gaudy vs sporty what difference

what is difference between gaudy and sporty

English

Pronunciation

  • (UK) IPA(key): /ˈɡɔː.di/
  • (US) IPA(key): /ˈɡɔ.di/
    • (cotcaught merger) IPA(key): /ˈɡɑ.di/
  • Rhymes: -ɔːdi

Etymology 1

Origin uncertain; perhaps from gaud (ornament, trinket) +‎ -y, perhaps ultimately from Old French gaudir (to rejoice).

Alternatively, from Middle English gaudi, gawdy (yellowish), from Old French gaude, galde (weld (the plant)), from Frankish *walda, from Proto-Germanic *walþō, *walþijō, akin to Old English *weald, *wielde (>Middle English welde, wolde and Anglo-Latin walda (alum)), Middle Low German wolde, Middle Dutch woude. More at English weld.

A common claim that the word derives from Antoni Gaudí, designer of Barcelona’s Sagrada Família Basilica, is incorrect: the word was in use centuries before Gaudí was born.

Adjective

gaudy (comparative gaudier, superlative gaudiest)

  1. very showy or ornamented, now especially when excessive, or in a tasteless or vulgar manner
    • 1813, Jane Austen, Pride and Prejudice
      The rooms were lofty and handsome, and their furniture suitable to the fortune of its proprietor; but Elizabeth saw, with admiration of his taste, that it was neither gaudy nor uselessly fine; with less of splendour, and more real elegance, than the furniture of Rosings.
    • 2005, Thomas Hauser & Marilyn Cole Lownes, “How Bling-bling Took Over the Ring”, The Observer, 9 January 2005
      Gaudy jewellery might offend some people’s sense of style. But former heavyweight champion and grilling-machine entrepreneur George Foreman is philosophical about today’s craze for bling-bling.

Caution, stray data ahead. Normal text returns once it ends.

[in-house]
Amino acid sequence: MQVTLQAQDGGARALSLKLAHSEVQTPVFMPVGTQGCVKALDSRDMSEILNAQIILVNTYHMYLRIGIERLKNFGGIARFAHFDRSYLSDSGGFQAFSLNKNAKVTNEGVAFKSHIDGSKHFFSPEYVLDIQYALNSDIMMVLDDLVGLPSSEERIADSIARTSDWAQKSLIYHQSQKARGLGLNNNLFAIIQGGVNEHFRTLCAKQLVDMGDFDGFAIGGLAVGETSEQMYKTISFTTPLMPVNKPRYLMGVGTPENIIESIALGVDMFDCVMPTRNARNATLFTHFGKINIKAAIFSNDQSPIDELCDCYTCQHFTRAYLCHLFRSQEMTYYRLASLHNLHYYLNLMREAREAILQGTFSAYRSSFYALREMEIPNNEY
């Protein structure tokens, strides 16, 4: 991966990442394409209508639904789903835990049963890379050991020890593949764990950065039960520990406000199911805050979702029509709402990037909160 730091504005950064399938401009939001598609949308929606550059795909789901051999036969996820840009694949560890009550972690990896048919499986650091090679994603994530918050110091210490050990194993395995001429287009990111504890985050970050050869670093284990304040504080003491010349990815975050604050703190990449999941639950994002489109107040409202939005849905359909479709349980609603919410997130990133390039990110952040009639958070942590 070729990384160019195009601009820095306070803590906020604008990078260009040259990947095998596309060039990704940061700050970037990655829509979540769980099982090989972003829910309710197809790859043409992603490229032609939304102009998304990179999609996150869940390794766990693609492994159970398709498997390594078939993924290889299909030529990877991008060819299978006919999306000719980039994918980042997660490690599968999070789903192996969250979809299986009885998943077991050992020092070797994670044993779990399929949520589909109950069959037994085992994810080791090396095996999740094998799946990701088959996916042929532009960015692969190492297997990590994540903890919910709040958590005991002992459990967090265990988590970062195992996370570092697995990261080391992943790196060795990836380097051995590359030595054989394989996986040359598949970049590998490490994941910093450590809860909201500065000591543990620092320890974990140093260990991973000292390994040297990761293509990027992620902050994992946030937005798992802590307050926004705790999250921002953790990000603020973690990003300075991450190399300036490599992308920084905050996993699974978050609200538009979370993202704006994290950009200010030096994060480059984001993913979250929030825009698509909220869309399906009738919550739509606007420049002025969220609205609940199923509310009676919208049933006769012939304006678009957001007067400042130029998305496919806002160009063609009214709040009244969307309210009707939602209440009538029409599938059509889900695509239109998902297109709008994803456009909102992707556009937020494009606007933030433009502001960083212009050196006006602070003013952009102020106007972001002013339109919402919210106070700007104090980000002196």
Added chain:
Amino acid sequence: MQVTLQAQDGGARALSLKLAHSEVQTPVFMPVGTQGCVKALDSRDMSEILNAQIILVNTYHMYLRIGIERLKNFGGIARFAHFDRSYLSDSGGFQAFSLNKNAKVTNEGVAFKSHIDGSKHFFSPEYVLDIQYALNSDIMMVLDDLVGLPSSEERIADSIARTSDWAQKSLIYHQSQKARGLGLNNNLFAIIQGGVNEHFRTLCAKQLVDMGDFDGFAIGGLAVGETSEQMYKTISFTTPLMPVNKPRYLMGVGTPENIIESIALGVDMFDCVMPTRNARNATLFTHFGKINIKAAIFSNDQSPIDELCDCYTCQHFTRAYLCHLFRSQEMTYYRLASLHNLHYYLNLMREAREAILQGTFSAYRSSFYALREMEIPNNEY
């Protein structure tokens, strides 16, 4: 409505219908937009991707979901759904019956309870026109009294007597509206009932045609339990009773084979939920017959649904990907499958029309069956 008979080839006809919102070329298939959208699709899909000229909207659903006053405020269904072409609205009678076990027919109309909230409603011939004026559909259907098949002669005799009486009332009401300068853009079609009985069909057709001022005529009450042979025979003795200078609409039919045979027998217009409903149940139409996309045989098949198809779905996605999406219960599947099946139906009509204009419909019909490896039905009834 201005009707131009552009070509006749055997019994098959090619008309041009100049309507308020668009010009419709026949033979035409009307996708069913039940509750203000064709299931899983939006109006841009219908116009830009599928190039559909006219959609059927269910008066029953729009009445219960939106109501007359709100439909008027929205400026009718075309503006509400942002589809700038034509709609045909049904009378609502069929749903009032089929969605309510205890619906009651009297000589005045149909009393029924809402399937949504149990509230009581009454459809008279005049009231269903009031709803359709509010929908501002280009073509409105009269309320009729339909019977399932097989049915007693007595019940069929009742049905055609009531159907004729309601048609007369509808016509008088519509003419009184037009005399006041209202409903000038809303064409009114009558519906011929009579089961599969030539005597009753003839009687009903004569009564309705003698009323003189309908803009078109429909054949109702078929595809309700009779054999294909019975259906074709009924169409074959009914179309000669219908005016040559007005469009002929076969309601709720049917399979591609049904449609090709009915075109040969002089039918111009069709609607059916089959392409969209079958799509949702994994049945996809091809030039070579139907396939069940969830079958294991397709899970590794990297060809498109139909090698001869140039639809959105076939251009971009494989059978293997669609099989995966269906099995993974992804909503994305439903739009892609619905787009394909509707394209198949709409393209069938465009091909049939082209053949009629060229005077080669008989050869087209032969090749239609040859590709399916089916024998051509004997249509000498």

2. (obsolete) fun; merry; festive
    • And for my strange petition I will make
      Amends hereafter by some gaudy day
    • And then, there he was, slim and handsome, and dressed the gaudiest and prettiest you ever saw…
Synonyms
  • (excessively showy): tawdry, flashy, garish, kitschy
  • Thesaurus:gaudy
Derived terms
  • gaudily
  • gaudy night
Translations

Noun

gaudy (plural gaudies)

  1. One of the large beads in the rosary at which the paternoster is recited.
    (Can we find and add a quotation of Gower to this entry?)

Etymology 2

Latin gaudium (joy). Doublet of joy.

Noun

gaudy (plural gaudies)

  1. A reunion held by one of the colleges of the University of Oxford for alumni, normally held during the summer vacations.


English

Etymology

From sport +‎ -y.

Pronunciation

  • (General American) IPA(key): /ˈspɔɹti/
  • (Received Pronunciation) IPA(key): /ˈspɔːti/
  • (rhotic, without the horsehoarse merger) IPA(key): /ˈspo(ː)ɹti/
  • (non-rhotic, without the horsehoarse merger) IPA(key): /ˈspoəti/
  • Rhymes: -ɔː(ɹ)ti

Adjective

sporty (comparative sportier, superlative sportiest)

  1. Fond of sports.
    She’s perfect for me, as she’s both studious and sporty.
  2. Suitable for use in sport.
    a sporty tennis outfit
  3. stylish with a fun, bold, and vibrant appearance.
    My new car looks sporty but is actually very practical.

Related terms

  • sportish

Translations

Anagrams

  • prosty

Lower Sorbian

Pronunciation

  • IPA(key): /ˈspɔrtɨ/

Noun

sporty

  1. nominative/accusative plural of sport

Polish

Pronunciation

  • IPA(key): /ˈspɔr.tɨ/

Noun

sporty

  1. nominative/accusative/vocative plural of sport

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